Connecting Magnolia Bike Commuters to the City Bike Network

Cross section of the new protected bike lanes.

Magnolia will soon be better connected to the citywide bike network with a new protected bike lane (PBL) along Gilman Avenue W, but not without a few bumps (pun intended) along the way. We’ve heard you Magnolia, and we recognize your concerns about the project.

 

Some residents feel the community input process wasn’t thorough.

We take community engagement very seriously. As we complete this important bike network infrastructure, we’ll continue to work with any neighbors who have questions or concerns. We worked hard to include community feedback into the design and apologize if neighbors feel their voices haven’t been heard. To receive email on construction updates and provide feedback, contact Dan Anderson, Dan.A.Anderson@Seattle.gov.

 

Traffic backups at the W Emerson Pl and  Gilman Ave W intersection.

Yes,  we reconfigured the 4-way stop intersection to improve safety for all travelers at the intersection, adding space to separate cars from cyclists traveling to and from the popular Ship Canal Trail. We’re continuing to monitor the impact on drivers during peak times and potential for back ups. In the meantime, try these alternative routes into Magnolia:

  • W Dravus St and the Magnolia Bridge farther south.
  • Or if you live or work in north Magnolia, you can take a right at 21st Ave W to W Commodore Way, leading to the Fort St Bridge over the railroad tracks on 27th Ave W.

Got that? ?

 

Bike commuters are frustrated with the setup during the construction phase.

We share your frustration. Sometimes the best organized plans have a SNAFU. In this case, delayed delivery of critical materials like posts and hardware have contributed to the delay. But good news! Crews installed posts along the PBL this week, separating cyclists from traffic, and next week new pavement markings will be installed to increase visibility and safety. And coming soon, a new bike signal at W Dravus St will help mitigate confusion by making it more obvious where the lanes are, helping travelers adjust to the new layout.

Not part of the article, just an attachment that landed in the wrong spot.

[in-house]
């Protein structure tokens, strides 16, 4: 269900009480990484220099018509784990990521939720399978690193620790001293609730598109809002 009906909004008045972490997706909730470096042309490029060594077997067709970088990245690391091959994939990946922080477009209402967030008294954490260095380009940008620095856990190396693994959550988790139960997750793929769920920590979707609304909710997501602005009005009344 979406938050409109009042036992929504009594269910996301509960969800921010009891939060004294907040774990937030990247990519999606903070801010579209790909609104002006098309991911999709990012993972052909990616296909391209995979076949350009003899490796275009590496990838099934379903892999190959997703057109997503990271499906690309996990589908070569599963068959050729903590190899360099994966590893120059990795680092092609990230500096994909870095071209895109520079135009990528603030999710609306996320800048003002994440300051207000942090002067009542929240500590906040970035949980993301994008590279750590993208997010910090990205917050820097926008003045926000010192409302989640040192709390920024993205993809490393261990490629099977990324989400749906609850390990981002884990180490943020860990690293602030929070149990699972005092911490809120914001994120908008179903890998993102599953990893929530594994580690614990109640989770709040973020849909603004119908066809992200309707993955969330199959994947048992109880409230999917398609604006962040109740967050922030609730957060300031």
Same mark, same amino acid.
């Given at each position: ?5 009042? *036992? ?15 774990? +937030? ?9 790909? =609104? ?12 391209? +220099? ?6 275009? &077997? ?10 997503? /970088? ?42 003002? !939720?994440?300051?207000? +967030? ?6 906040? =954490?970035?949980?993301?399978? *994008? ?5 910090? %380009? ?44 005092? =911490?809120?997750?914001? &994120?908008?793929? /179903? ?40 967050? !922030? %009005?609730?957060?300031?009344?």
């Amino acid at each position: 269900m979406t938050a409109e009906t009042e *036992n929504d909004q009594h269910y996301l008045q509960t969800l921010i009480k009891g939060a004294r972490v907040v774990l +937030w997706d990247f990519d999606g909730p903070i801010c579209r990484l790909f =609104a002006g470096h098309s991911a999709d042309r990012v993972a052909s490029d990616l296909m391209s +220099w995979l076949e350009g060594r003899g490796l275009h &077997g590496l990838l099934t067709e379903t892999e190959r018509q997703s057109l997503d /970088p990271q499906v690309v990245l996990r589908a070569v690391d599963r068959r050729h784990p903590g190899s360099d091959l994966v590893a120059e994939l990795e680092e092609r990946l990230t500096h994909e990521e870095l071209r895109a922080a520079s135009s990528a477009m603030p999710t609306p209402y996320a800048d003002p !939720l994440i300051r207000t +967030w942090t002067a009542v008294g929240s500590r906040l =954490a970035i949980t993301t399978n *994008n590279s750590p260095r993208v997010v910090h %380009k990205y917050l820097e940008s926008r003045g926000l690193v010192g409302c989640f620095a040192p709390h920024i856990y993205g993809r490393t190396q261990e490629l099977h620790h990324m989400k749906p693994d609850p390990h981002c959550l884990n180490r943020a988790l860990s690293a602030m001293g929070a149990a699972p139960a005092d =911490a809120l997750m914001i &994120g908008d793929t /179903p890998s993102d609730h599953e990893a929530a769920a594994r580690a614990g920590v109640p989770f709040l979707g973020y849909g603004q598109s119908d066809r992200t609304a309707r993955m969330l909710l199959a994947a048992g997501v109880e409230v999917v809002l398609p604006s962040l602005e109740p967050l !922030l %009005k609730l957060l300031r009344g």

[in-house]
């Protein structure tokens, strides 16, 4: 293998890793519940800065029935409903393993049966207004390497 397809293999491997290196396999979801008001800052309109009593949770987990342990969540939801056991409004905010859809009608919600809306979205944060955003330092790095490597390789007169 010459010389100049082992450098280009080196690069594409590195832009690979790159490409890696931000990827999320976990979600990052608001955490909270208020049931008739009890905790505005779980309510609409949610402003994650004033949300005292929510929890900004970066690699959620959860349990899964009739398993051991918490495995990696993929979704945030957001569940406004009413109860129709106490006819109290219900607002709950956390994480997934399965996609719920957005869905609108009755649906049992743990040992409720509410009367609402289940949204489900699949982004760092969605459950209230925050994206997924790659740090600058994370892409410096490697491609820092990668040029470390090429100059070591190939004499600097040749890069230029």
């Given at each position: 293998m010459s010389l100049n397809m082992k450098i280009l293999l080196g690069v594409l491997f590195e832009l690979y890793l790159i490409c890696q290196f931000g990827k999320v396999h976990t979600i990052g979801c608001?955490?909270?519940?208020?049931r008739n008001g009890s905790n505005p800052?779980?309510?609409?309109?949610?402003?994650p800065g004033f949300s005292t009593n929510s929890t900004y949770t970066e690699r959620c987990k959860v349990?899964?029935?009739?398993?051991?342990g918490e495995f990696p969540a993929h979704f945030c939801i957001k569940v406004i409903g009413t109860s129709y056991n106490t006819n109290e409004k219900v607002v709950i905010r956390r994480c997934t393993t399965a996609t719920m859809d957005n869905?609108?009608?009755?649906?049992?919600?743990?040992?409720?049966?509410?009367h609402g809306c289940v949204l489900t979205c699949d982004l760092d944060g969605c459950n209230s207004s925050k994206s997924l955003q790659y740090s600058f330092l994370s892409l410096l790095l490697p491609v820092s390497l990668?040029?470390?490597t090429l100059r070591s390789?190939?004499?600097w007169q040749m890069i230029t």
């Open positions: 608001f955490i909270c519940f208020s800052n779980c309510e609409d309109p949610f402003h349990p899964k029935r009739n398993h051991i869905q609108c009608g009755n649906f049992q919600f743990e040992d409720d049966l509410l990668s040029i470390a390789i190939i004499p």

We thank the community for your feedback and patience while the work is completed. We’re committed to monitoring the new street design and intersections both during and after construction to see what’s happening.  

Check out Seattle Bike Blog’s opinion of the project.

 

The new Gilman Ave W protected bike lane: 

When it comes to bike commuting, the old street layout wasn’t hospitable to all abilities or ages. The upgrade will directly connect Magnolia neighborhood cyclists with three of the city’s key bikeways:

  • Elliot Bay Trail to downtown
  • Ship Canal Trail to Fremont Bridge, Westlake, and South Lake Union
  • Ballard Locks footpath to the popular Burke-Gilman Trail

 

Adding a two-way PBL:

Without taking away a car lane, the 1.5-mile route will add a two-way protected bike lane on the west side of the arterial; currently there’s a striped bike/parking lane on both sides of the street that sandwiches cyclists precariously between traffic that’s hurtling along at up to 40 miles-per-hour and occasional parked cars (aka, the “door zone”).   

 

 Changes to  existing car lanes:

Changes won’t only protect cyclists, but by narrowing the existing car lanes, car speeds are expected to drop. Data shows that car speeds on Gilman Ave W often exceed the posted limit and there have been several serious crashes over the years. We looked at available crash data and found that there were 186 reported collisions in the project area over the past 14 years. Six of those crashes injured people. At least four cyclist and pedestrian crashes occurred at both the intersections of 20th Ave W & W Dravus St, and Gilman Ave W & W Emerson St during that time period. Exactly why we’ve focused resources on making safety improvements at both intersections by separating pedestrians and cyclists from car travel lanes.

 

For more project information visit the Interbay Trail Connections Project.